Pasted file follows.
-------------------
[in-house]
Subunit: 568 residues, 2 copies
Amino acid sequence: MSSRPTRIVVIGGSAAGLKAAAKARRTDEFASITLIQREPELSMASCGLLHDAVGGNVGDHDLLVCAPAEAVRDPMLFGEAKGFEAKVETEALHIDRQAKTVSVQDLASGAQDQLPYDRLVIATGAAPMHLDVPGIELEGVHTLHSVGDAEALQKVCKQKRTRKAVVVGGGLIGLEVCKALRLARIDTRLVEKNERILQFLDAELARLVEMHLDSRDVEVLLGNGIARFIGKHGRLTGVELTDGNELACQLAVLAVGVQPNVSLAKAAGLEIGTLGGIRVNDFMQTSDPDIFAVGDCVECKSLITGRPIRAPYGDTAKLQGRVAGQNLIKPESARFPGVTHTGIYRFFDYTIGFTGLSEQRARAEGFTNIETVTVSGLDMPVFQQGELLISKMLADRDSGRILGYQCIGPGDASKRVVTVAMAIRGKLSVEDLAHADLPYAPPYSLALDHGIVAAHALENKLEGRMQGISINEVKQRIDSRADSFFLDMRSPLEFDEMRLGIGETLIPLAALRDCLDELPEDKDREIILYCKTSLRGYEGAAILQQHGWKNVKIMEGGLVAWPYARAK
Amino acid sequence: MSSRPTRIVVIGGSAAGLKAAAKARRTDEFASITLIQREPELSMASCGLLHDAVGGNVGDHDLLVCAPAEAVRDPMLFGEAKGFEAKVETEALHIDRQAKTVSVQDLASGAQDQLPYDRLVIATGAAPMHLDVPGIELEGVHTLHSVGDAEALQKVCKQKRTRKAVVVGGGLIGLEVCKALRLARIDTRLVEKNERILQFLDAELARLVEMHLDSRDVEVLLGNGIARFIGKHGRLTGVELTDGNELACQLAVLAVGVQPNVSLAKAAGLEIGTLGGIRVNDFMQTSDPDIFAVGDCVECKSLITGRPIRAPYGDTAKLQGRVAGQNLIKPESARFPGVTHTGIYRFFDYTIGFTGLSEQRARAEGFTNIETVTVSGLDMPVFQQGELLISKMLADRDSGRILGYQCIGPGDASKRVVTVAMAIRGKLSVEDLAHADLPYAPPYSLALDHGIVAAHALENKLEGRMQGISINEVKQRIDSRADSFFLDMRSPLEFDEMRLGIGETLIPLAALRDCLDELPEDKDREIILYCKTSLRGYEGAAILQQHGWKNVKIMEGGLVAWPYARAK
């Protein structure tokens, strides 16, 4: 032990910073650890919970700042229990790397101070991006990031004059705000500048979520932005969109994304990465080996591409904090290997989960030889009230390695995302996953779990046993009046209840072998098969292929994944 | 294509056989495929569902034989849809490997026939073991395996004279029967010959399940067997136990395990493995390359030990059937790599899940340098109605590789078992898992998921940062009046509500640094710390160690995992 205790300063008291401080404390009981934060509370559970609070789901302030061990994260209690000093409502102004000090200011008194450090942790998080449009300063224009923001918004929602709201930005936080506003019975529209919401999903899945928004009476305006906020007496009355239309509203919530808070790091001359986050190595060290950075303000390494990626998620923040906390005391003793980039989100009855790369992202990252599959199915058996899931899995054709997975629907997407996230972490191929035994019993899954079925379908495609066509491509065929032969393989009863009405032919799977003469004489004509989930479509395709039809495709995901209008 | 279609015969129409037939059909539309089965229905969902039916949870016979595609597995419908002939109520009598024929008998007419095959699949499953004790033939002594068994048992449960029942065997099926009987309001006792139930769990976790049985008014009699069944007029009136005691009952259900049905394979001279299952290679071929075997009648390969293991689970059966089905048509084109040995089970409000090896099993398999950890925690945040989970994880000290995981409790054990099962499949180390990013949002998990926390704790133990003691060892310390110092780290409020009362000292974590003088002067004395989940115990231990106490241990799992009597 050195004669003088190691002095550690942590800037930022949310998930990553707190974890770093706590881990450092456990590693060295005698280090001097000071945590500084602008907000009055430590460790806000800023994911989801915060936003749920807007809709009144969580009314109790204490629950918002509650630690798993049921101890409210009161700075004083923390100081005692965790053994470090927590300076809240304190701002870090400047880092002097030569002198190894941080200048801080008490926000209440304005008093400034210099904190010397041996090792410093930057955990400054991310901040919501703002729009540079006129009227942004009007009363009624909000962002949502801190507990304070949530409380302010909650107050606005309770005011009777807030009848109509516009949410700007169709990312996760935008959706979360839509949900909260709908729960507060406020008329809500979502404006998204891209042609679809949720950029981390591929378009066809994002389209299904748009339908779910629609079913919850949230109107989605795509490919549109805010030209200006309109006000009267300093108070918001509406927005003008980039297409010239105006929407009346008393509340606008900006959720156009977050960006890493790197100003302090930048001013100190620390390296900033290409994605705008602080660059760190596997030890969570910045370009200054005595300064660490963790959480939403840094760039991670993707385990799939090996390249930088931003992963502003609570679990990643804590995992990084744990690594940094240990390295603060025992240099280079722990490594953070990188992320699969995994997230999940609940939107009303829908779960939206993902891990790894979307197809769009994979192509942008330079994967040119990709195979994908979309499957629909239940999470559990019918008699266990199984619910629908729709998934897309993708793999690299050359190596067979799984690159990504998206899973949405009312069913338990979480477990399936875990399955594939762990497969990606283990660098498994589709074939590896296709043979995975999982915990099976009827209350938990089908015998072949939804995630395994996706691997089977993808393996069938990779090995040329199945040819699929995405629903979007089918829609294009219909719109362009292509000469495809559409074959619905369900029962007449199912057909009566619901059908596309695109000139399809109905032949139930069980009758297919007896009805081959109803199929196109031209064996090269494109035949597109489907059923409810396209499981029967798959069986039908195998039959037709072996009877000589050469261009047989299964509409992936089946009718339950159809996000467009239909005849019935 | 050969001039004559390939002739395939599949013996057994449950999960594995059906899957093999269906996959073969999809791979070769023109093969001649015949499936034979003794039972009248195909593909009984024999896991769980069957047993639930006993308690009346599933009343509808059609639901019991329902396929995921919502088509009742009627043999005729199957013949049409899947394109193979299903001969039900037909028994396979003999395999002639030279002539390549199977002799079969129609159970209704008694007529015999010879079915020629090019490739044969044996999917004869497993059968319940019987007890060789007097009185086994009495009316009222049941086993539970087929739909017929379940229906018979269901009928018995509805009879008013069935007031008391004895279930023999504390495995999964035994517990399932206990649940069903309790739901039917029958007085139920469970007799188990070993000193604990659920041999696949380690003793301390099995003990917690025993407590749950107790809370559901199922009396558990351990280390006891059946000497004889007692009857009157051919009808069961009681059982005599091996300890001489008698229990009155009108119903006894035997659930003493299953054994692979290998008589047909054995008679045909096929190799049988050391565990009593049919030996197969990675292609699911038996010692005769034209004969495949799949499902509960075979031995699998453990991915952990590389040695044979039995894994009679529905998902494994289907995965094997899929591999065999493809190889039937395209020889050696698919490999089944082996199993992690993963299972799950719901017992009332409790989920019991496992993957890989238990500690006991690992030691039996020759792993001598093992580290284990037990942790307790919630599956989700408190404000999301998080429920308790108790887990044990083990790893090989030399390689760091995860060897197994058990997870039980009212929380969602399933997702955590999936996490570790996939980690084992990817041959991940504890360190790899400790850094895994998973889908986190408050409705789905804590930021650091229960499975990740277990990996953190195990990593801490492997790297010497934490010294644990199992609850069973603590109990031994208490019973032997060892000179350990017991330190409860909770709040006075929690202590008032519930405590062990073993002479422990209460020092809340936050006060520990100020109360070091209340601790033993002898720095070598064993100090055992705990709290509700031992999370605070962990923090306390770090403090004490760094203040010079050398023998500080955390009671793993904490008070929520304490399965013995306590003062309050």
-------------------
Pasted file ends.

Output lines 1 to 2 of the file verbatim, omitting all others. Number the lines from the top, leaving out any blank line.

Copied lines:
[in-house]
Subunit: 568 residues, 2 copies